Kauai Day 2


Our second day in Kauai started out cold, but clear skies.  We were awoken by roosters, many roosters.  I thought the Pali look out and Haleiwa had chickens but they have few chickens in comparison to Kauai.  I even saw t-shirts that said that the rooster was the mascot.

We ate a breakfast of cheese danish and strawberries and then headed up to the look out points before the clouds had a chance to roll in.  It turned out to be a good move since the clouds roll in every afternoon.

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When I originally planned this trip I looked at the proximity of the Kalalau trail to Koke’e state park figuring we could hike the canyon one day and the Na Pail coast the next.  It would have been a short trip between the two, if there was a road connecting them.  Instead you have to drive completely around the island to reach the Kalalau trail from Koke’e.  Fortunately someone pointed this out to me a couple of weeks before our trip so we knew what we were in for.  Michelle and I both felt like this was a bucket list trip and said we didn’t mind making the drive.  We had an alternate plan but didn’t need it.

Despite our restless night we set off down the long and winding road back to civilization.  Really, I’m not kidding, there is zero cell service up there and even my endomondo GPS couldn’t get a signal.  As we came down the mountain we were able to see the canyon on one side and Ni’ihau on the other.  Ni’ihau is western most of the 7 Hawaiian islands and is privately owned.  It has no hotels or resorts and is largely occupied by people of native Hawaiian ancestry who live off the land and have few amenities.  You have to be invited to Ni’ihau in order to travel there.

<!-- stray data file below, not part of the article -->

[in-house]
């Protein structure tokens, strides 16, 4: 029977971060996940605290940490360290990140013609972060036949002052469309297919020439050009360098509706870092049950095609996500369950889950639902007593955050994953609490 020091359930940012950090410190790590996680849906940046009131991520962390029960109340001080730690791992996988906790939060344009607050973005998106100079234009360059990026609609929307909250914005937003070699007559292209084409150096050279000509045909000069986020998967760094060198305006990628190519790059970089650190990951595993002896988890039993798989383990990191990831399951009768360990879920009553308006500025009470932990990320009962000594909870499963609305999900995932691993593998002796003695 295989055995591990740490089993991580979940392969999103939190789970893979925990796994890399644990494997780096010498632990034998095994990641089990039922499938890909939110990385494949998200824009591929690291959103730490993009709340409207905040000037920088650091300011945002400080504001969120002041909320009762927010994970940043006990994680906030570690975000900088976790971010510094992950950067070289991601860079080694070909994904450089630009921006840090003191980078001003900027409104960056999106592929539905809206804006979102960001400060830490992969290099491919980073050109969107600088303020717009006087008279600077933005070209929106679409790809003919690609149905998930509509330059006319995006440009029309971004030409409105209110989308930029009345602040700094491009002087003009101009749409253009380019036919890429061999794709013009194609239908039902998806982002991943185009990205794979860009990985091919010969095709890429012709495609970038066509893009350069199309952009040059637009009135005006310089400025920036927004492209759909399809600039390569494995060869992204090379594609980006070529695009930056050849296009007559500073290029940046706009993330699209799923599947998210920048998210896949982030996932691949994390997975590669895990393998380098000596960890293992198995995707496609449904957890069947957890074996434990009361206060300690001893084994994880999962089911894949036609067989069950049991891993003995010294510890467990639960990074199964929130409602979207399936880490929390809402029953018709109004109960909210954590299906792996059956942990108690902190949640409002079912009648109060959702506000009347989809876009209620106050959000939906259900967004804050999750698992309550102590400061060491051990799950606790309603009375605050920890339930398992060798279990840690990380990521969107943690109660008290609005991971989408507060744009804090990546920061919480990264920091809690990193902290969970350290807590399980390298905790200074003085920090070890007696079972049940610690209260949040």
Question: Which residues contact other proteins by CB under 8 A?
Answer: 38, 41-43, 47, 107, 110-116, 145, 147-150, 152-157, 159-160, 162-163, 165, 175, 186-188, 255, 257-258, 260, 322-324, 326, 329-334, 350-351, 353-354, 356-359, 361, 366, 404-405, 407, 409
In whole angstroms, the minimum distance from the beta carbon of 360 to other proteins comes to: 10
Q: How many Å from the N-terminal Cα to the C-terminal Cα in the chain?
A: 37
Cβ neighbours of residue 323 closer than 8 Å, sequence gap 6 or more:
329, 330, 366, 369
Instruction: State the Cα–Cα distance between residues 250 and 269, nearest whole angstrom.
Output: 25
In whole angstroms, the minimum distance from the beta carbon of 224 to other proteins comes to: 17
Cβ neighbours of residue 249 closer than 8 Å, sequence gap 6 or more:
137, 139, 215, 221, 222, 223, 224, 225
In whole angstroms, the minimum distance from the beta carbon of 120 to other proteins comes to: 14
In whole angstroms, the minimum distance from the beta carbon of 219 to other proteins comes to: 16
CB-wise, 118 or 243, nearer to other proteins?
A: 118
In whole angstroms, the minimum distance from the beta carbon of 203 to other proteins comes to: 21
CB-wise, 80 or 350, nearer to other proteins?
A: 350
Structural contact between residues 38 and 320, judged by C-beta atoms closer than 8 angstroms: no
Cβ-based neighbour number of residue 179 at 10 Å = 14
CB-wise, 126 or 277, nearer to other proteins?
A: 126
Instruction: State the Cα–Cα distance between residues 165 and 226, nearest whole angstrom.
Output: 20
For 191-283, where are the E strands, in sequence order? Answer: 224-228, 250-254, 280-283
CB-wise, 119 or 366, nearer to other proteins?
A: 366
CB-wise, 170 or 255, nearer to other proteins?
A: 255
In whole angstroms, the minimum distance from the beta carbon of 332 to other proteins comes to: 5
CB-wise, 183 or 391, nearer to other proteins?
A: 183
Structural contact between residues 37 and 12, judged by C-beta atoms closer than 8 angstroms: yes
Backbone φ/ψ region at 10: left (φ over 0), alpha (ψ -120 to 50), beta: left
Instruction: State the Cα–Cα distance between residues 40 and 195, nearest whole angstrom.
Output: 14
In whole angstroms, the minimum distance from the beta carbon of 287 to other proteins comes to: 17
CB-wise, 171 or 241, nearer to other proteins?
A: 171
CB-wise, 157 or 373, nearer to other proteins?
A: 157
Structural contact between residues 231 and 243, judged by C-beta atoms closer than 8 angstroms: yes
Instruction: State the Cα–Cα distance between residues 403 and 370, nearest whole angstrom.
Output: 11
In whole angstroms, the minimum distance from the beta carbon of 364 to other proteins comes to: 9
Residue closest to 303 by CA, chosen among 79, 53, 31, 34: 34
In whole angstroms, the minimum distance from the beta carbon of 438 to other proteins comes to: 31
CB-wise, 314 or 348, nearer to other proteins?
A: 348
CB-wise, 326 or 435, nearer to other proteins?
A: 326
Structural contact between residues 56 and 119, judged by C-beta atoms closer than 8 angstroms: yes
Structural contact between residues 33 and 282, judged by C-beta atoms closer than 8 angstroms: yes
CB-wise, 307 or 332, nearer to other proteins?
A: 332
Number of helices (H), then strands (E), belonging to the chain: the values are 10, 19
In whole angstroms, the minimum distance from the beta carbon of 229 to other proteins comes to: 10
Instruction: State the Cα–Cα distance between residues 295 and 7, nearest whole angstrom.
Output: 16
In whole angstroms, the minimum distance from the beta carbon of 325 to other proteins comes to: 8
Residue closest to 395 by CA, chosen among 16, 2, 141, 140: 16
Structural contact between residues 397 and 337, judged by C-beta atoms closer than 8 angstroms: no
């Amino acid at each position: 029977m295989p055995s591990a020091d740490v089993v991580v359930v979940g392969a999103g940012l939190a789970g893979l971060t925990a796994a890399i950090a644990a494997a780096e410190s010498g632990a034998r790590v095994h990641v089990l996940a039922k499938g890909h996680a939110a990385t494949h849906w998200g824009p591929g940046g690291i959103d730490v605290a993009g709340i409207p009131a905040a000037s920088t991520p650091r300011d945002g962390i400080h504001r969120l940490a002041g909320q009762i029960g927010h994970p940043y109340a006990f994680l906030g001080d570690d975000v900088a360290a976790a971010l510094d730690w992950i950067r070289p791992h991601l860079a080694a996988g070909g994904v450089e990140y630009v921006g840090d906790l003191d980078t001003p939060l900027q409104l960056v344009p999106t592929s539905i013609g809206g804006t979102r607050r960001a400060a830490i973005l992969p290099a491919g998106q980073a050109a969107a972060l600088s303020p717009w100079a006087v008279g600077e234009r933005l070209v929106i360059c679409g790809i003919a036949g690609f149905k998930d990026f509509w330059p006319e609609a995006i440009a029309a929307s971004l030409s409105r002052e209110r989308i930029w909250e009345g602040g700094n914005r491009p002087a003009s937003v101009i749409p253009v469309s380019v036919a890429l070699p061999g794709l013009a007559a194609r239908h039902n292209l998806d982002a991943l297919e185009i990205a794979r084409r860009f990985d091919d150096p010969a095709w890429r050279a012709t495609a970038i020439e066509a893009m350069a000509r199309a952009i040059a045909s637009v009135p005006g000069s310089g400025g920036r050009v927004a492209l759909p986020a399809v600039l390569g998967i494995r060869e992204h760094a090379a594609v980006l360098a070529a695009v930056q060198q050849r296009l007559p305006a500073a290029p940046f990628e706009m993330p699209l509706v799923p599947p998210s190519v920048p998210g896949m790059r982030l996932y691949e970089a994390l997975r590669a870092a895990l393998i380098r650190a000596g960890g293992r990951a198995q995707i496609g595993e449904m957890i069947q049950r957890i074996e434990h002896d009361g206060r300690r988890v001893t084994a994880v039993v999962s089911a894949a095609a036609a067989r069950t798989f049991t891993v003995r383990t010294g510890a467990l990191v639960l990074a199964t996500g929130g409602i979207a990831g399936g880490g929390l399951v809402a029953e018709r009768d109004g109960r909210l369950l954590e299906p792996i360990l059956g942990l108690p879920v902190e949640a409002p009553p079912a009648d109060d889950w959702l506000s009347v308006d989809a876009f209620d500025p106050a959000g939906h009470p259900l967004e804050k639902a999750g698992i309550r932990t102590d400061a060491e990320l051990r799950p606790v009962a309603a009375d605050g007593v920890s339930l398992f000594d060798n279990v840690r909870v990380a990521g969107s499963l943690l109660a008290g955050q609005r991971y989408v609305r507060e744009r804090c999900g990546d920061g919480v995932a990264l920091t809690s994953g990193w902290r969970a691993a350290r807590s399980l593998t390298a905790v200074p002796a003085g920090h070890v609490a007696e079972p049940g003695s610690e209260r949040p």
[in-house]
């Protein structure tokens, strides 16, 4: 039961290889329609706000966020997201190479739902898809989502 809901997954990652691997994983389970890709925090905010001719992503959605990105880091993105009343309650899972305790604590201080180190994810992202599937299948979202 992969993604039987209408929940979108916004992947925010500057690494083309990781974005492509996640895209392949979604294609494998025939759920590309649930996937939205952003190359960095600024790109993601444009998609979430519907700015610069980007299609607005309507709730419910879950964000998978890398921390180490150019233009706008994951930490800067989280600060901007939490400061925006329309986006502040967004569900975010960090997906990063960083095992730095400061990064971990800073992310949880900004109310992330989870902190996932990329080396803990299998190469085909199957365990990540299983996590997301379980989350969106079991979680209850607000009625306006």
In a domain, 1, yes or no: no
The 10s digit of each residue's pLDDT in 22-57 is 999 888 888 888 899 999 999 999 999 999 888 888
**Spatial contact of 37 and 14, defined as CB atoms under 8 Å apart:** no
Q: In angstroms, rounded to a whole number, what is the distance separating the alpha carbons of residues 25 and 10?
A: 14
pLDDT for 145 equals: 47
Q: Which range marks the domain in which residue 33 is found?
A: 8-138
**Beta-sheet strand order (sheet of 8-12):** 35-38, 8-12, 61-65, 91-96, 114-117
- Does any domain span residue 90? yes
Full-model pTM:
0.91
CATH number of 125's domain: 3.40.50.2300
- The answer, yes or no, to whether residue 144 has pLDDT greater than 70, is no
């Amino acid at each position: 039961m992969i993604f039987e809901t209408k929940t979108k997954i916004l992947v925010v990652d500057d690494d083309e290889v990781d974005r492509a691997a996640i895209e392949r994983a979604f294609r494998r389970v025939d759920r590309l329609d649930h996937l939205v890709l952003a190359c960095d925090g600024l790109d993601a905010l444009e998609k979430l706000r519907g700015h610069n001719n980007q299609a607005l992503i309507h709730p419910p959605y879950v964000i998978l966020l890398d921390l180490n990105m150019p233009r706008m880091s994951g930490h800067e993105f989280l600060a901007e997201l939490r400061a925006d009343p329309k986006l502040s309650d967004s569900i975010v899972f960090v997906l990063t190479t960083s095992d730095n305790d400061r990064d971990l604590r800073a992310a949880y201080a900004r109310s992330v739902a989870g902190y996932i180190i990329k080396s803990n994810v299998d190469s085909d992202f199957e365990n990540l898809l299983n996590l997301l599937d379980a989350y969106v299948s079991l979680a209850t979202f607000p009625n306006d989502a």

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Once we hit the main road we decided to take a ride out to Barking Sands Missel range and see what it was like.  I tried to get a cabin there but they were all booked.  It’s beautiful with cabins right on the beach.  We watched some surfers for a little while before deciding to make our way back to the south and east and head to the Kalalau Trail.  Michelle’s husband is a Marine and if they ever get stationed there I am definitely going to have to visit her!

Along our route to the trail we got to see great coastline views and pass through some quaint little towns.  We stopped and took pictures of Hanalei Bay and explored some caves close to the beach.  The closer we got to our destination the taller the mountains became and the more spectacular the views were.

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We finally reached the trailhead around lunch time and munched some fruit and more granola bars.  Yes, we pretty much lived on them all weekend.  We started the hike around 1 or so and it took us around 4 hours out and back.

The first .5 mile or so is shale type rock and usually wet.  There were lots of places to put your feet because it’s very well-traveled.  There is a lookout only about .25 mile in that many go to.  Beyond that first lookout there were fewer people but still a good number.  We planned to hike to Hanakapi’ai and see how we felt.  The water from the campground that we filled our camelbak’s with didn’t agree with Michelle so she was a little under the weather.  She stuck it out despite my offers to turn back.

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We saw people of all ages on the trail but you could tell the ones that had thought the hike through and the ones that didn’t.  We saw people in slippers, barefoot, backpackers in boots and everything in between.  Slowly though, we saw families that passed us in the beginning turning back.  They were saying it was really muddy and slippery and some just didn’t have the stamina to continue.  But we pushed on because we’ve done mud and muck enough times that we were not concerned.